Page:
Antiemetic efficacy of smoked marijuana: subjective and behavioral effects on nausea induced by syrup of ipecac

Pharmacol Biochem Behav. Jul-Aug 2001;69(3-4):343-50. doi: 10.1016/s0091-3057(01)00533-0.


Although the public debate about the legalization of marijuana has continued for as long as 25 years, few controlled studies have been conducted to assess its potential medical benefits. The present study examined the antiemetic effect of smoked marijuana cigarettes (8.4 and 16.9 mg Delta(9)-tetrahydrocannabinol [THC]) compared to a highly potent antiemetic drug, ondansetron (8 mg) in 13 healthy volunteers. Nausea and emesis were induced by syrup of ipecac. Marijuana significantly reduced ratings of "queasiness" and slightly reduced the incidence of vomiting compared to placebo. Ondansetron completely eliminated the emetic effects of ipecac. These findings support and extend previous results, indicating that smoked marijuana reduces feelings of nausea and also reduces emesis in this model. However, its effects are very modest relative to ondansetron, and the psychoactive effects of marijuana are likely to limit its clinical usefulness in the general population.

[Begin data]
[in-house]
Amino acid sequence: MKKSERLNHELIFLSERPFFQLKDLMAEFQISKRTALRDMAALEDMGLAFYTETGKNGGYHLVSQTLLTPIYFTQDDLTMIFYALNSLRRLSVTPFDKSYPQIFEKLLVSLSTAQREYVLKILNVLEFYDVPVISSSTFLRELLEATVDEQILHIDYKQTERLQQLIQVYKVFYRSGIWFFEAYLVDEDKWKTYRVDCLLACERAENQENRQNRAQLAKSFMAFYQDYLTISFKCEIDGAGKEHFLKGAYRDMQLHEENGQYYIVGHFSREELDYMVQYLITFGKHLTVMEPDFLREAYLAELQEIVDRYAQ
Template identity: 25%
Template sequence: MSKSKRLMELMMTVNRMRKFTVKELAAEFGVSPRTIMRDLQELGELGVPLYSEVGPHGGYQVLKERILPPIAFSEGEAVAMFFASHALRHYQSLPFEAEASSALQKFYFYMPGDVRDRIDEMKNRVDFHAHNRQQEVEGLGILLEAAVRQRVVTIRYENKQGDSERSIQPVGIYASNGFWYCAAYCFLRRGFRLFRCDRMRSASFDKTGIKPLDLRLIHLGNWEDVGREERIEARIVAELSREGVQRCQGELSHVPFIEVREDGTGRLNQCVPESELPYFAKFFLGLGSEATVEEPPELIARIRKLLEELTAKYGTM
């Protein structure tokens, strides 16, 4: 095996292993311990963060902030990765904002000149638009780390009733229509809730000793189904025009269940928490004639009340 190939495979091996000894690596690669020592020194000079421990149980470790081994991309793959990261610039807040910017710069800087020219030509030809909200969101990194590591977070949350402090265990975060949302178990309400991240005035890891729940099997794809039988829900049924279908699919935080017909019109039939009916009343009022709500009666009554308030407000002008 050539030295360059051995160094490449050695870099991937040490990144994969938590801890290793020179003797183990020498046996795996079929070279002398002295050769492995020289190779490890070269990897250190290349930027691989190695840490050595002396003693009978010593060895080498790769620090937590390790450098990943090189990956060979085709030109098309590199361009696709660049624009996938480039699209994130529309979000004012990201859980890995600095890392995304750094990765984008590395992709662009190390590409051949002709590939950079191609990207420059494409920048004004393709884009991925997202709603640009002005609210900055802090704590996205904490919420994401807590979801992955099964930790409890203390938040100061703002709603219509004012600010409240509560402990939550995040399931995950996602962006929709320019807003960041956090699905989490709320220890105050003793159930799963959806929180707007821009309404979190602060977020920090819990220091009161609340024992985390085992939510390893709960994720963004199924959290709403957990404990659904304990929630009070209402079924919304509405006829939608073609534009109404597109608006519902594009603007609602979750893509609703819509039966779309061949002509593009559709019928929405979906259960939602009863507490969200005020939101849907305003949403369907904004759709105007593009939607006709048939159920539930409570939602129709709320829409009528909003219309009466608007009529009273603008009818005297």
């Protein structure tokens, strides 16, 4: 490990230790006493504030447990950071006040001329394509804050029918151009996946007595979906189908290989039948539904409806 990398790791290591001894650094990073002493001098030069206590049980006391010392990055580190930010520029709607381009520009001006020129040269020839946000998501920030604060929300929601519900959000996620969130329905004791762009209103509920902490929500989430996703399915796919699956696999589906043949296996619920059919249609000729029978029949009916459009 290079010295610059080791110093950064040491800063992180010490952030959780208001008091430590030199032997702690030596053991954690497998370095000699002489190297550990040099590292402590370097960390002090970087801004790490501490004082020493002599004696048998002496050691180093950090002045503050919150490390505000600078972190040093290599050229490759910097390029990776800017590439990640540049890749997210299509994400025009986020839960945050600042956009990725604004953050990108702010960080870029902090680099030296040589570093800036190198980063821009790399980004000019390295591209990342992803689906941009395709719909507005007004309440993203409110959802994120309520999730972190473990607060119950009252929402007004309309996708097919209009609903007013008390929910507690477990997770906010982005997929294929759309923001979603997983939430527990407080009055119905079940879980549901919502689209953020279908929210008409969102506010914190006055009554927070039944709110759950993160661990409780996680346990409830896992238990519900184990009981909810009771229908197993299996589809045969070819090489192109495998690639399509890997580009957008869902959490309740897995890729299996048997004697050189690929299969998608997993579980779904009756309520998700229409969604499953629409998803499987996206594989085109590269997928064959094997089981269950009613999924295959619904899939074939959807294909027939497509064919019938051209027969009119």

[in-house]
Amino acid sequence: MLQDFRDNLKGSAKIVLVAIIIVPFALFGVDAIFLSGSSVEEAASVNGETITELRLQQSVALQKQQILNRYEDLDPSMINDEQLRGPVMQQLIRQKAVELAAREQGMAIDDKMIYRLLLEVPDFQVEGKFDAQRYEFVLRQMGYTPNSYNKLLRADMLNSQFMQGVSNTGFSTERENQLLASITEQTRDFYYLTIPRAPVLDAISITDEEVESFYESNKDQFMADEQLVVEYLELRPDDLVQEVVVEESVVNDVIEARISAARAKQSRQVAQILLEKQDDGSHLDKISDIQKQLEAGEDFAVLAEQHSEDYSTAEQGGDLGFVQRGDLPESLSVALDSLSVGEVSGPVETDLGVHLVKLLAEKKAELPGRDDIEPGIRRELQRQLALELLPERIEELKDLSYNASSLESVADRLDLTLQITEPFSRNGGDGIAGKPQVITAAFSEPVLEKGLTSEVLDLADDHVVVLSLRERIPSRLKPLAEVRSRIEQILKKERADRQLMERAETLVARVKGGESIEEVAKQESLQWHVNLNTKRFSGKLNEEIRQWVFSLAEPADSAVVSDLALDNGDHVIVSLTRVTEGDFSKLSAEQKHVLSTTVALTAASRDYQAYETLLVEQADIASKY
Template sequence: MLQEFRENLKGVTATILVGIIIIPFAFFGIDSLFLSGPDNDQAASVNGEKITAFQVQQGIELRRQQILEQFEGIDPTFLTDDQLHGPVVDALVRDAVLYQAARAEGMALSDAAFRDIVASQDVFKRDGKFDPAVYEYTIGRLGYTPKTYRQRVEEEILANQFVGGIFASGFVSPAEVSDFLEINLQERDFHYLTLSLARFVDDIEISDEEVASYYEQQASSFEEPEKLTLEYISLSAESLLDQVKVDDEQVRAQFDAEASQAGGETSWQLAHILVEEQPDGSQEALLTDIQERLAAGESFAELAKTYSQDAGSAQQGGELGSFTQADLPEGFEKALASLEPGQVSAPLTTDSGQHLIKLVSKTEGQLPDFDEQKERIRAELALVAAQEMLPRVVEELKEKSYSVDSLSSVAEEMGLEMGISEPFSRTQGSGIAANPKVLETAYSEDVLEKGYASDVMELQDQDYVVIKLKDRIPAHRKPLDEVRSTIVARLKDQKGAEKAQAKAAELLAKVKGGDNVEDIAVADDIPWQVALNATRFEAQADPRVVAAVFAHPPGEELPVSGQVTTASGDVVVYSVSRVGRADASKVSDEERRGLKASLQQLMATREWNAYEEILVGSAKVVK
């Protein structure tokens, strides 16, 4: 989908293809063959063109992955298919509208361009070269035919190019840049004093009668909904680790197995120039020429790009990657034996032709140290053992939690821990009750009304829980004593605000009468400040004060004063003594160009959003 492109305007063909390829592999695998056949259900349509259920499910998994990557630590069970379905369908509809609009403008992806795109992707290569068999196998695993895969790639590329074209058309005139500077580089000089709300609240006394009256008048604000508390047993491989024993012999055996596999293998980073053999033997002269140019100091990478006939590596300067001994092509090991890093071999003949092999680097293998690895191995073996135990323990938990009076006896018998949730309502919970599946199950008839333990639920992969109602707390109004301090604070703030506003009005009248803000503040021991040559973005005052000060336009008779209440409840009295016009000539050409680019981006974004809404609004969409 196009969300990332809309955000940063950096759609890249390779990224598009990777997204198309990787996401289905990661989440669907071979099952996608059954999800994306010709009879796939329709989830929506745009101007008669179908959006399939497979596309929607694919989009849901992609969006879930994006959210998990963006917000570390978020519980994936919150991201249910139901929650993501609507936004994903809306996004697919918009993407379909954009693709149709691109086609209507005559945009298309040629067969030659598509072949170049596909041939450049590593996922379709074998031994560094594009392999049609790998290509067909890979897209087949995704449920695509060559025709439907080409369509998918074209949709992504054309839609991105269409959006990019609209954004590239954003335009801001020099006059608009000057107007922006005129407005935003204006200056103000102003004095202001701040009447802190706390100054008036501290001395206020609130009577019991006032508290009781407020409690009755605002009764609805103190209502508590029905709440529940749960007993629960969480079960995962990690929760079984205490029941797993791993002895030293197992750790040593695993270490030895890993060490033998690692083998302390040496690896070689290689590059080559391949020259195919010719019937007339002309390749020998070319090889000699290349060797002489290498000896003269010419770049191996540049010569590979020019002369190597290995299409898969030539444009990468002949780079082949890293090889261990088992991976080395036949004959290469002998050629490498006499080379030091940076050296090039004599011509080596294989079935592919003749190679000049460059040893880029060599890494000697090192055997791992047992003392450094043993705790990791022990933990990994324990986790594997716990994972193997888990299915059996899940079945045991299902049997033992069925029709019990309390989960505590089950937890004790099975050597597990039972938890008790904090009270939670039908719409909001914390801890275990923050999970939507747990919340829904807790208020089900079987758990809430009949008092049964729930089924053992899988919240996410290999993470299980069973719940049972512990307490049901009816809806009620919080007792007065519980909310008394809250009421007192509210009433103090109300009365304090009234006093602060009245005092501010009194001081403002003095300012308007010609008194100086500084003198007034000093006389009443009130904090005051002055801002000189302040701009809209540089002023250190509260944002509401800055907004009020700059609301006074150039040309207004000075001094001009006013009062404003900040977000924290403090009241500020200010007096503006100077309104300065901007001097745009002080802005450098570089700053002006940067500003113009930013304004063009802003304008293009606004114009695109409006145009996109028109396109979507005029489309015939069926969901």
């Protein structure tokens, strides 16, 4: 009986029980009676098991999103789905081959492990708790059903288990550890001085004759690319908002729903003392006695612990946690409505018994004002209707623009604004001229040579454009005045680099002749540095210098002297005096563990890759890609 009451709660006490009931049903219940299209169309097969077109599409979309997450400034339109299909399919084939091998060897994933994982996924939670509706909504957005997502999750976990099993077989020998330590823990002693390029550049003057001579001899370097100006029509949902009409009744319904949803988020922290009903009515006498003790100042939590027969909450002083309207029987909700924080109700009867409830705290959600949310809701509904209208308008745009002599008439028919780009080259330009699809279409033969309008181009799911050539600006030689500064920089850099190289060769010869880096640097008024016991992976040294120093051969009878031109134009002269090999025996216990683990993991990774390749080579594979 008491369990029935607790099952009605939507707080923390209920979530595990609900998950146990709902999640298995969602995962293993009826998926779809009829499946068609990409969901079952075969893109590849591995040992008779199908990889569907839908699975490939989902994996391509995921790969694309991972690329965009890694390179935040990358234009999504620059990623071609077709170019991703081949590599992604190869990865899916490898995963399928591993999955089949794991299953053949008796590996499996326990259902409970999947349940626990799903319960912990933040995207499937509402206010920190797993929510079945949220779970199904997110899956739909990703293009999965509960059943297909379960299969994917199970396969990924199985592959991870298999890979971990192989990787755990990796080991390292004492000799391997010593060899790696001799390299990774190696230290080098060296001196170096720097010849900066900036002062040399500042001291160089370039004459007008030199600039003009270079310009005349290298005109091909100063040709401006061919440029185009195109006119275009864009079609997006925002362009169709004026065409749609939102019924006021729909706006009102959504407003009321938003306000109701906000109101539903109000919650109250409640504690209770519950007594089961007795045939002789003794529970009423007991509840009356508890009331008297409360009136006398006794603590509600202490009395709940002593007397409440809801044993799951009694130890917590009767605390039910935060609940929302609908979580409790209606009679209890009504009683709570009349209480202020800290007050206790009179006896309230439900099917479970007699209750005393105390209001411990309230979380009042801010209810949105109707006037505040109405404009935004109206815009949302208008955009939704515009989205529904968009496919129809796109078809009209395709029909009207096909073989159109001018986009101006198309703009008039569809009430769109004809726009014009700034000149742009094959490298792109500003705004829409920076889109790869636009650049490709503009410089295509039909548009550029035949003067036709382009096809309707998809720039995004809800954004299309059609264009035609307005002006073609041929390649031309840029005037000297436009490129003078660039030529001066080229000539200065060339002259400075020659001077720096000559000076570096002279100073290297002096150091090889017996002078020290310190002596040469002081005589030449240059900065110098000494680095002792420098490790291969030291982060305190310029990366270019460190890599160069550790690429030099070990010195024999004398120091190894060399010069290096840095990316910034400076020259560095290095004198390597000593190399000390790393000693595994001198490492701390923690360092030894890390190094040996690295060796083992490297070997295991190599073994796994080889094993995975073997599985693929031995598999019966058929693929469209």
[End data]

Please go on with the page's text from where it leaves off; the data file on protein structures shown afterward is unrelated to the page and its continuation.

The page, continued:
Publication types

  • Clinical Trial
  • Randomized Controlled Trial
  • Research Support, Non-U.S. Gov't
  • Research Support, U.S. Gov't, P.H.S.

MeSH terms

  • Adolescent
  • Adult
  • Analysis of Variance
  • Antiemetics / pharmacology*
  • Antiemetics / therapeutic use*
  • Behavior / drug effects*
  • Behavior / physiology
  • Chi-Square Distribution
  • Double-Blind Method
  • Emetics / adverse effects
  • Female
  • Humans
  • Ipecac / adverse effects
  • Male
  • Marijuana Smoking*
  • Nausea / chemically induced
  • Nausea / drug therapy*
  • Nausea / psychology
  • Ondansetron / pharmacology
  • Ondansetron / therapeutic use
  • Vomiting / drug therapy
  • Vomiting / psychology


  • Antiemetics
  • Emetics
  • Ondansetron
  • Ipecac